Several companies and individuals have today launched the Global Privacy Control (GPC), an initiative that seeks to help users enforce their rights under the California Consumer Privacy Act (CCPA) and the General Data Protection Regulation (GDPR). The backers say that the new rights mean nothing if it's too difficult for people to benefit from them.
Those backing the Global Privacy Control include Ashkan Soltani from Georgetown Law, Sebastian Zimmeck from Wesleyan University, The New York Times, The Washington Post, Financial Times, Automattic (WordPress.com and Tumblr), Glitch, DuckDuckGo, Brave, Mozilla, Disconnect, Abine, Digital Content Next (DCN), Consumer Reports, and the Electronic Frontier Foundation.
The GPC’s backers said that the CCPA gives Californians a legal right to opt-out of the sale of their data, they can do this by having their browser signal to businesses that they’ve opted out. Unfortunately, there’s no defined or accepted technical standard for these signals so users don’t have an easy way to inform businesses of their preferences.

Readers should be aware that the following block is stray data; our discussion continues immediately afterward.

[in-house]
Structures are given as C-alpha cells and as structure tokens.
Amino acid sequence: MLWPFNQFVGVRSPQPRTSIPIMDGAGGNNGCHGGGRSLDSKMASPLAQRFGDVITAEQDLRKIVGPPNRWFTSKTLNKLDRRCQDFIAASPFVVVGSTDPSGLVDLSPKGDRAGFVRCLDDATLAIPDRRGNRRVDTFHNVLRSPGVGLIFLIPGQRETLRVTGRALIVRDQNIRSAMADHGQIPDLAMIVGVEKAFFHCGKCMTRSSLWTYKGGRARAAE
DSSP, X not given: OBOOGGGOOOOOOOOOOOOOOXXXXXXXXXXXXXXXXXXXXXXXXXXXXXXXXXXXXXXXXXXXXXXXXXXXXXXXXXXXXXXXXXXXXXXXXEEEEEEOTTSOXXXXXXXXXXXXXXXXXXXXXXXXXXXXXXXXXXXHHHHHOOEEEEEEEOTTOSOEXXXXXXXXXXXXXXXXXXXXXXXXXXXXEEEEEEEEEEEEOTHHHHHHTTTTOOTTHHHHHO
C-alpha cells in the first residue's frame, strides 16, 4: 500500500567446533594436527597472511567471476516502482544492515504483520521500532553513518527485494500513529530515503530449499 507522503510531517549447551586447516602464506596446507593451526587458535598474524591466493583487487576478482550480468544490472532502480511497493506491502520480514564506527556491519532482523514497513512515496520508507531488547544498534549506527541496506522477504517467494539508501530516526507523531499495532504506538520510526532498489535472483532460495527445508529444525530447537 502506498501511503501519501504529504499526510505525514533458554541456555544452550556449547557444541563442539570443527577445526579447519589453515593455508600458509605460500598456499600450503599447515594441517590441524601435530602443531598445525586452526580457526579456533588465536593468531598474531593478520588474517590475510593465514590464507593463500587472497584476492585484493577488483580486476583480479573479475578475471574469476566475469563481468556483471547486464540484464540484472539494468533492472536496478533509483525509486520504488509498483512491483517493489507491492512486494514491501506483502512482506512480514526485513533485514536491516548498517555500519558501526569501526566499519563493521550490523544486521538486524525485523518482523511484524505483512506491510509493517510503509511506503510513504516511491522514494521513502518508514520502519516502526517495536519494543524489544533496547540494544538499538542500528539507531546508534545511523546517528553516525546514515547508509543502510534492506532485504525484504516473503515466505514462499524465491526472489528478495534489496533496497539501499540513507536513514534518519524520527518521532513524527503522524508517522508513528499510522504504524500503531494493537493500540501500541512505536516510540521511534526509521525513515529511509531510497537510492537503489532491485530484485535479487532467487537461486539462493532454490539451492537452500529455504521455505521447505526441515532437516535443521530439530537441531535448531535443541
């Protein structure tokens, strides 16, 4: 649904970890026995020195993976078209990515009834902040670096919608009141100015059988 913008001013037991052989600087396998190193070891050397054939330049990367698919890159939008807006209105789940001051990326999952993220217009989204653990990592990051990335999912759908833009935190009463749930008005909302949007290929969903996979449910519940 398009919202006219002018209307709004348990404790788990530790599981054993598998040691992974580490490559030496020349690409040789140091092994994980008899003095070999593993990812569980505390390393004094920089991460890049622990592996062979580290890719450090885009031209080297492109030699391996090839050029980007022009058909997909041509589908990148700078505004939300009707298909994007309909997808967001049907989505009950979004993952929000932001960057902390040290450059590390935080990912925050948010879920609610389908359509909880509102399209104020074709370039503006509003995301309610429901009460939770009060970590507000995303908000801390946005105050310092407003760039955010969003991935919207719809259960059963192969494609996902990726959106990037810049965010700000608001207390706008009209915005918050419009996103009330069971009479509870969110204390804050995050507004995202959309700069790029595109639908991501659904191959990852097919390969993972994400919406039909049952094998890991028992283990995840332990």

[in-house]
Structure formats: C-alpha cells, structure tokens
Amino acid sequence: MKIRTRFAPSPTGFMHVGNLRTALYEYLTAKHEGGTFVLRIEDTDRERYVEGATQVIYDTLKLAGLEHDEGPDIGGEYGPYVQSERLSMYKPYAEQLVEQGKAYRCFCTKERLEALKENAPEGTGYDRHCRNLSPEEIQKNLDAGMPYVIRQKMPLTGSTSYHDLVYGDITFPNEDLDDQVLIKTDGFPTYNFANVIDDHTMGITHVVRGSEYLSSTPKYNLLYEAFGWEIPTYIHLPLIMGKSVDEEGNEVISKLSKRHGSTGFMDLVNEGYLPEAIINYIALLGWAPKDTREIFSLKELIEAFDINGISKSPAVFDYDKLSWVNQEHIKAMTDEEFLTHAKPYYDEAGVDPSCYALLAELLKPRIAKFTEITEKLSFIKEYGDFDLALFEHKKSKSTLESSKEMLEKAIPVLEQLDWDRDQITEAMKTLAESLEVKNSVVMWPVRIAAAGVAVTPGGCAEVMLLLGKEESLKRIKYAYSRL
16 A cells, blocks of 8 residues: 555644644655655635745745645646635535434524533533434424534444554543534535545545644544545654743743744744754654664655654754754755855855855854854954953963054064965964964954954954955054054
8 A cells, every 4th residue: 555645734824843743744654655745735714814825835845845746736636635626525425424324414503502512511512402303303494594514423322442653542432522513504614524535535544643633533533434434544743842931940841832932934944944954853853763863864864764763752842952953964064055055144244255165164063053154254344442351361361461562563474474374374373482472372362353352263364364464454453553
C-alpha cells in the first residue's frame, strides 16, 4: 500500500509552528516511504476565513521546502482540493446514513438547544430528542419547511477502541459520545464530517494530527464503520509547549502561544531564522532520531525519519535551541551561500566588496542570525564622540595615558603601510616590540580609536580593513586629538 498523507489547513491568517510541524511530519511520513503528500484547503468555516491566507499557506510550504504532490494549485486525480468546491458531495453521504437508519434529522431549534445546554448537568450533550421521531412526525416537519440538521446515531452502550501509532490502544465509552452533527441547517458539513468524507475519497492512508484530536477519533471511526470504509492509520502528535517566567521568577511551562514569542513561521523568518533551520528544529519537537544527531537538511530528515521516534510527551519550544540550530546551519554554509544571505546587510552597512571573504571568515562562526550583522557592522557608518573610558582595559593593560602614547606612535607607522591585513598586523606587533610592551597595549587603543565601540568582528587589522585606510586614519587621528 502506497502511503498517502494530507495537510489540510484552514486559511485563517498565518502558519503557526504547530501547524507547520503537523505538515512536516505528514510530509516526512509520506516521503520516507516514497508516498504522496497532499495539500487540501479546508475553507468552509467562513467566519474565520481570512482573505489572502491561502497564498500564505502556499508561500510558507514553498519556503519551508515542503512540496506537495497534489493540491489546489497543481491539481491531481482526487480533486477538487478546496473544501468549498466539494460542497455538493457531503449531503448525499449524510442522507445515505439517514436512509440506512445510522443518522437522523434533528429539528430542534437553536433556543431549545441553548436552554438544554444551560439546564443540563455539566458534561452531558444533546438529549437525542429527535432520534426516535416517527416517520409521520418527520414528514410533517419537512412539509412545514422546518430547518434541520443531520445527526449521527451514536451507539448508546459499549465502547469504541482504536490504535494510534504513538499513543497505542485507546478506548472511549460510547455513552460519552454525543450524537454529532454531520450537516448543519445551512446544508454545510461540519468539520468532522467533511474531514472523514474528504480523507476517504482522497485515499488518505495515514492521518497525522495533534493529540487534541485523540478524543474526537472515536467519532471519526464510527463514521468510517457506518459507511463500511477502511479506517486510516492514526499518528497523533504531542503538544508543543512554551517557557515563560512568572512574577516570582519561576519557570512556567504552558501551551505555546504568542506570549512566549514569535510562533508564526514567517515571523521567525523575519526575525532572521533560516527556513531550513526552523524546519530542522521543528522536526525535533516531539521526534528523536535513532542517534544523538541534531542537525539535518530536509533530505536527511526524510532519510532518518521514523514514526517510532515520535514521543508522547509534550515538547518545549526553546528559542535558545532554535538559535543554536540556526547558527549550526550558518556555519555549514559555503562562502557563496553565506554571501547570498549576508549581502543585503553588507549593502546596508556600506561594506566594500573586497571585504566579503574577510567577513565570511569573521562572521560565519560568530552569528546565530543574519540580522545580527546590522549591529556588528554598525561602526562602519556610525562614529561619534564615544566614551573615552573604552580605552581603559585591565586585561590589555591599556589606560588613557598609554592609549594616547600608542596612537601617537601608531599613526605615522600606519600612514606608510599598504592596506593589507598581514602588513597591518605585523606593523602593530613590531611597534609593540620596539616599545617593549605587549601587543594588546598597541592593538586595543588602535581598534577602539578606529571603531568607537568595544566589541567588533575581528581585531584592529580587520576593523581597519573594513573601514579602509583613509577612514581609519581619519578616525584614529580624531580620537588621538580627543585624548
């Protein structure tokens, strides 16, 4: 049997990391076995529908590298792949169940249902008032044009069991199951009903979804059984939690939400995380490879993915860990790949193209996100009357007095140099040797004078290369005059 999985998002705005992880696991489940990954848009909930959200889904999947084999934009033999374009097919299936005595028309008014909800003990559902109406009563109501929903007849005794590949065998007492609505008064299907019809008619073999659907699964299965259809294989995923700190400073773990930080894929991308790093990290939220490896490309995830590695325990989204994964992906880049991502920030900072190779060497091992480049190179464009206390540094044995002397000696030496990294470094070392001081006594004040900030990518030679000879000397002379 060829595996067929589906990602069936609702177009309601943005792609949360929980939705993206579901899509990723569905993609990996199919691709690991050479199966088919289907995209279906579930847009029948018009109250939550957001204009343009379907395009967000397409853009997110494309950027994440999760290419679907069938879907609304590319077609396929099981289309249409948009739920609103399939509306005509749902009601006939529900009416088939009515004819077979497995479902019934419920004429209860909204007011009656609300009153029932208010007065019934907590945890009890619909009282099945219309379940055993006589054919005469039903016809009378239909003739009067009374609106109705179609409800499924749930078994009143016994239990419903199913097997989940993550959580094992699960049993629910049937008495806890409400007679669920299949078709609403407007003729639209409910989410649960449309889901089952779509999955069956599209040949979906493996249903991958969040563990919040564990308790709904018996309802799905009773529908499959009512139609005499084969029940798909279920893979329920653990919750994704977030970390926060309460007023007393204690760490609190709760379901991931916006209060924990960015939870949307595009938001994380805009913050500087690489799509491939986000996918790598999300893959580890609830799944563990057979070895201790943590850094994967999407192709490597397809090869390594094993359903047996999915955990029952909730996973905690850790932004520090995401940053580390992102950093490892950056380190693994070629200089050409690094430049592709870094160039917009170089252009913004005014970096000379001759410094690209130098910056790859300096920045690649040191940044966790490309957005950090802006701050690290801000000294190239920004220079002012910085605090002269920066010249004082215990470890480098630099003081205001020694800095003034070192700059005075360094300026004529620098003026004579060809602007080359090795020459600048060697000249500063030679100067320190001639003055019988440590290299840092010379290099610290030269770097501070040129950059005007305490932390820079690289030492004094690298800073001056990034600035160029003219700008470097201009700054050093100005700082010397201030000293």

The group has launched an experimental phase where people can download browsers and extensions from Abine, Brave, Disconnect, DuckDuckGo, and EFF in order to tell participating publishers that they do not want their data to be shared. Going forward, those behind GPC want to develop an open standard that many organisations can finally support; they’re now in the process of finding the best venue to make this proposal.
The GPC’s backers said they look forward to working with California’s Attorney General to make the GPC legally binding under CCPA. In addition, they’re looking to make the GPC applicable under other laws around the world such as the GDPR.